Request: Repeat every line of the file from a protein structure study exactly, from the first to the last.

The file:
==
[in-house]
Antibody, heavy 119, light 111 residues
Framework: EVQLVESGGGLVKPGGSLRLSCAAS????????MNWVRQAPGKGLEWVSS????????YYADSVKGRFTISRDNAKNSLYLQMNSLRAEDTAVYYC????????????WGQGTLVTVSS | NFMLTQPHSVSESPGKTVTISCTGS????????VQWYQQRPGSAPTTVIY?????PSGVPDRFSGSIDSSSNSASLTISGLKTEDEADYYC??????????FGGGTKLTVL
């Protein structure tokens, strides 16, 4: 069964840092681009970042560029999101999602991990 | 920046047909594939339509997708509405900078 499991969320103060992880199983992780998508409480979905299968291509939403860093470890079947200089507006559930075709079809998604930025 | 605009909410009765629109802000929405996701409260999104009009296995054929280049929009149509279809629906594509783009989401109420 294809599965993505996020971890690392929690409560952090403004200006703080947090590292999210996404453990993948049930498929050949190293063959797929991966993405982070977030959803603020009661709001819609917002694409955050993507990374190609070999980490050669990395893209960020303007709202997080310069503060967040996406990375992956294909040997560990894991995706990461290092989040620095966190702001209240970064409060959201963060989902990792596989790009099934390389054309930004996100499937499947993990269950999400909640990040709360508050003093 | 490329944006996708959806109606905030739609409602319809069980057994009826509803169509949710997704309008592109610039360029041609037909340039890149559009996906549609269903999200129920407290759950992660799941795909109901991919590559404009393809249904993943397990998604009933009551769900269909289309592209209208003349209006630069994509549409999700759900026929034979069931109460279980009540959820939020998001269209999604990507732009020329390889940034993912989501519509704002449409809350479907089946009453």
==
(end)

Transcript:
[in-house]
Antibody, heavy 119, light 111 residues
Framework: EVQLVESGGGLVKPGGSLRLSCAAS????????MNWVRQAPGKGLEWVSS????????YYADSVKGRFTISRDNAKNSLYLQMNSLRAEDTAVYYC????????????WGQGTLVTVSS | NFMLTQPHSVSESPGKTVTISCTGS????????VQWYQQRPGSAPTTVIY?????PSGVPDRFSGSIDSSSNSASLTISGLKTEDEADYYC??????????FGGGTKLTVL
């Protein structure tokens, strides 16, 4: 069964840092681009970042560029999101999602991990 | 920046047909594939339509997708509405900078 499991969320103060992880199983992780998508409480979905299968291509939403860093470890079947200089507006559930075709079809998604930025 | 605009909410009765629109802000929405996701409260999104009009296995054929280049929009149509279809629906594509783009989401109420 294809599965993505996020971890690392929690409560952090403004200006703080947090590292999210996404453990993948049930498929050949190293063959797929991966993405982070977030959803603020009661709001819609917002694409955050993507990374190609070999980490050669990395893209960020303007709202997080310069503060967040996406990375992956294909040997560990894991995706990461290092989040620095966190702001209240970064409060959201963060989902990792596989790009099934390389054309930004996100499937499947993990269950999400909640990040709360508050003093 | 490329944006996708959806109606905030739609409602319809069980057994009826509803169509949710997704309008592109610039360029041609037909340039890149559009996906549609269903999200129920407290759950992660799941795909109901991919590559404009393809249904993943397990998604009933009551769900269909289309592209209208003349209006630069994509549409999700759900026929034979069931109460279980009540959820939020998001269209999604990507732009020329390889940034993912989501519509704002449409809350479907089946009453």